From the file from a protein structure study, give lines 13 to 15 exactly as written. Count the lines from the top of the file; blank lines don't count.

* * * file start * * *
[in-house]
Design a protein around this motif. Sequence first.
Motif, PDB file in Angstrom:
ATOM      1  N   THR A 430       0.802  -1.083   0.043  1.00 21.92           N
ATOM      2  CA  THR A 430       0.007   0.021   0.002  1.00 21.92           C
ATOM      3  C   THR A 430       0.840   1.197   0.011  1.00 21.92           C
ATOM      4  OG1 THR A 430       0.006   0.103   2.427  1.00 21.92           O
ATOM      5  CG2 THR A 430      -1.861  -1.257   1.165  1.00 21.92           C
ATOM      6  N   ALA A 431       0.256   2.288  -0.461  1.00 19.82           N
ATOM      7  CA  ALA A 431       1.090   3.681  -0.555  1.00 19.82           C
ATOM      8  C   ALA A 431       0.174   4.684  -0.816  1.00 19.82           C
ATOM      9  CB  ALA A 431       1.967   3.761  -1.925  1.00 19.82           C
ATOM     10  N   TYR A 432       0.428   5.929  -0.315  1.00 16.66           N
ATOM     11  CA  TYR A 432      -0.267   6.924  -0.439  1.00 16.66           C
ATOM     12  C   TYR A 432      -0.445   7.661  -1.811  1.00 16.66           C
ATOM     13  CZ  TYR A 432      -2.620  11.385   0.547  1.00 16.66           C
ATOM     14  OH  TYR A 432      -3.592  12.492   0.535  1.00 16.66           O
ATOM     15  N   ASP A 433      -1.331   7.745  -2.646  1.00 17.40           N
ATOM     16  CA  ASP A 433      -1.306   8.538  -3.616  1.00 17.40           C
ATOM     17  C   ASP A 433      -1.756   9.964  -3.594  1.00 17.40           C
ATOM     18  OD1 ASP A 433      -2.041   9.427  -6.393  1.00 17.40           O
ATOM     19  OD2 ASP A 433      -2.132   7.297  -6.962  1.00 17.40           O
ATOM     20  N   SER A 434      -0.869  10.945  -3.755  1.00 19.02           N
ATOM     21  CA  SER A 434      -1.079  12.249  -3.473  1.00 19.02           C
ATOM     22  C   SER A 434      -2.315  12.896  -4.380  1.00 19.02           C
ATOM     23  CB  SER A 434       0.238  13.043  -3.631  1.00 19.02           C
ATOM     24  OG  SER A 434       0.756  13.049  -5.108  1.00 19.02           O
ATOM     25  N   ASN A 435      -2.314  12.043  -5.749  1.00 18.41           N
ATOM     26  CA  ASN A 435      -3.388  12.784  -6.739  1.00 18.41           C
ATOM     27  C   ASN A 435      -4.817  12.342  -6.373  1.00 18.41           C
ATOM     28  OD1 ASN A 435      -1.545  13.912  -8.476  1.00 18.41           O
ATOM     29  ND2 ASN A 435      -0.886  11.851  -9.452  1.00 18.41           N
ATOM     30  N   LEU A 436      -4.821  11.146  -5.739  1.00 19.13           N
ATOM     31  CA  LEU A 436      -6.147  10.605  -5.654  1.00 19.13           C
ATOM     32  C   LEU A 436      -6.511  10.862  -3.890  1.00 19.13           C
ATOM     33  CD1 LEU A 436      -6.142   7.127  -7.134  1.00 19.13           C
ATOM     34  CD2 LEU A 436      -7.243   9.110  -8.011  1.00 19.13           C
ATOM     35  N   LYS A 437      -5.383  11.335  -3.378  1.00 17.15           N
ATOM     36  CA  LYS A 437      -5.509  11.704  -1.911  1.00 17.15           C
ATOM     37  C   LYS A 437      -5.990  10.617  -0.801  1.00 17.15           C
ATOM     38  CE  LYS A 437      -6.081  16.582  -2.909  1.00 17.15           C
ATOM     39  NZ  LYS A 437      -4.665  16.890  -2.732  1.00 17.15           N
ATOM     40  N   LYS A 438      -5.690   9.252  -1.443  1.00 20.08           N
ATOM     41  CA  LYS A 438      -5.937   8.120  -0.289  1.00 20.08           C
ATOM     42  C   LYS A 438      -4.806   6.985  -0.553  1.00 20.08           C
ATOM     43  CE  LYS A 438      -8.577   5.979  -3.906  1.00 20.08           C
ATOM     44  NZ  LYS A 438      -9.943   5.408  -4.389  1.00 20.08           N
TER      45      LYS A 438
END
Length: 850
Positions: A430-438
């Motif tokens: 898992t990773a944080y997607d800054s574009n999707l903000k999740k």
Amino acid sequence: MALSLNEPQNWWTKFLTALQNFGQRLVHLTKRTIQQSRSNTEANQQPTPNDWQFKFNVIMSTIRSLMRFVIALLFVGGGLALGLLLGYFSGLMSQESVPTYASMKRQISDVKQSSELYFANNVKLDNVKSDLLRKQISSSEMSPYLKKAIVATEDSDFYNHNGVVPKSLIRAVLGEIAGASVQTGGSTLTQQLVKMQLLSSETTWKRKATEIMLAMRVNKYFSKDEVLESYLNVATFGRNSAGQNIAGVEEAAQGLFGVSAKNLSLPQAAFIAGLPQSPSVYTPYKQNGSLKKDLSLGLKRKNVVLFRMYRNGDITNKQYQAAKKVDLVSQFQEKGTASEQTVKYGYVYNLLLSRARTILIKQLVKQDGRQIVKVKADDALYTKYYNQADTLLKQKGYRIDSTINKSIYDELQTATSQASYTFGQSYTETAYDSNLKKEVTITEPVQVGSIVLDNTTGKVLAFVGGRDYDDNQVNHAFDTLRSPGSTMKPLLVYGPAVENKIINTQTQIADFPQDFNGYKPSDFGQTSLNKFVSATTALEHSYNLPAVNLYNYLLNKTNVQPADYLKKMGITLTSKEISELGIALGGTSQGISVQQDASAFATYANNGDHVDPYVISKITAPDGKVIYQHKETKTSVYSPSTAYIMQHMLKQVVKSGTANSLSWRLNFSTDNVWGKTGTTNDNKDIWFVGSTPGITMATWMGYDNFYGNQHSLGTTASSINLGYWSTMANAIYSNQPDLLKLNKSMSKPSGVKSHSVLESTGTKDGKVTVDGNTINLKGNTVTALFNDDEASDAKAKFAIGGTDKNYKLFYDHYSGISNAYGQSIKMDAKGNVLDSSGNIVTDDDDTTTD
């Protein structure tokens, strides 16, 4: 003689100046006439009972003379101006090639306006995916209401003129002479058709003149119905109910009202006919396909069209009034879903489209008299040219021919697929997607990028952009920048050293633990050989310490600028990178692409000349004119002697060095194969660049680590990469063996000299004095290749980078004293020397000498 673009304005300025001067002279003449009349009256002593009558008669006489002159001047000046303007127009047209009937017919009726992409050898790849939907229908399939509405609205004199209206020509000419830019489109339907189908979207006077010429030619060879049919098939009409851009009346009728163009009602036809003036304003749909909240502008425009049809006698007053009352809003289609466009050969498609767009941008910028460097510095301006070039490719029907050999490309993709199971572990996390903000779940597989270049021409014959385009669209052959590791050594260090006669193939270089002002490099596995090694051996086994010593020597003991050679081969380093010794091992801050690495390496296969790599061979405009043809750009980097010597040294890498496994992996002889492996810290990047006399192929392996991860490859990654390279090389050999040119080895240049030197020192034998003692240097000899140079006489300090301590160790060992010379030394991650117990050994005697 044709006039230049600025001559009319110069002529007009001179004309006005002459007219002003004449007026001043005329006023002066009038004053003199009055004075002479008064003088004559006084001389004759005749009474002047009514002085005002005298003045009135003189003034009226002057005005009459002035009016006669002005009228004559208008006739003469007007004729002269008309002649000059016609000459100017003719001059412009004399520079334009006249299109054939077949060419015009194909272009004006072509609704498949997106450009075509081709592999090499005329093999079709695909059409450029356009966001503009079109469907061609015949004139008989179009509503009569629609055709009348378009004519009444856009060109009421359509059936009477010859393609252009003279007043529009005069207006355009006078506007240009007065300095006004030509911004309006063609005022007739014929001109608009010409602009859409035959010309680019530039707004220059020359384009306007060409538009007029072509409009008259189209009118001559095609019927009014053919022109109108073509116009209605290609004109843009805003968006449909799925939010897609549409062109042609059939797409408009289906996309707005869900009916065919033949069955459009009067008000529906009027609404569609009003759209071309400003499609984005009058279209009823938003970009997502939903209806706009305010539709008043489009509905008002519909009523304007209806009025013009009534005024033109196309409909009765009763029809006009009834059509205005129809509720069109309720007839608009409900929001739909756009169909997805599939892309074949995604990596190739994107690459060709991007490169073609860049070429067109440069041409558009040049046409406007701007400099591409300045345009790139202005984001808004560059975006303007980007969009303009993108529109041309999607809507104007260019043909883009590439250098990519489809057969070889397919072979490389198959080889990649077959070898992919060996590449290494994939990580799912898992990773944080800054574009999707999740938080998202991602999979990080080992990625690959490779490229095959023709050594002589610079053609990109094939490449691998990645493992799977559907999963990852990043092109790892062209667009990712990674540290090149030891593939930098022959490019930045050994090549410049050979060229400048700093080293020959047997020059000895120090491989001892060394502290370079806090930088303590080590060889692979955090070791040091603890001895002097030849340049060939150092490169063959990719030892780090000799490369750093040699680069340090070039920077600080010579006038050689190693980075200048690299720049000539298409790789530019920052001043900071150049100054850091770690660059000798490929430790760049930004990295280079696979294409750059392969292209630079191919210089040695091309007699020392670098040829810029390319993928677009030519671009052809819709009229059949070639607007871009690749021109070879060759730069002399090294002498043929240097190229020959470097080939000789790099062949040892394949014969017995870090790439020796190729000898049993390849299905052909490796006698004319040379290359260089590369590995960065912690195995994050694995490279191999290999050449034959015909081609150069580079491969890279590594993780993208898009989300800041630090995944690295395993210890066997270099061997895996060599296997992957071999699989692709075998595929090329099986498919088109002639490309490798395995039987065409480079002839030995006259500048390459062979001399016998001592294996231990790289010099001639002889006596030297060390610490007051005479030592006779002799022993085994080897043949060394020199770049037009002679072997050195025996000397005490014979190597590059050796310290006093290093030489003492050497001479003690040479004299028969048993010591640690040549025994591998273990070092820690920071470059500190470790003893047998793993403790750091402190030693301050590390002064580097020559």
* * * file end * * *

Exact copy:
ATOM     10  N   TYR A 432       0.428   5.929  -0.315  1.00 16.66           N
ATOM     11  CA  TYR A 432      -0.267   6.924  -0.439  1.00 16.66           C
ATOM     12  C   TYR A 432      -0.445   7.661  -1.811  1.00 16.66           C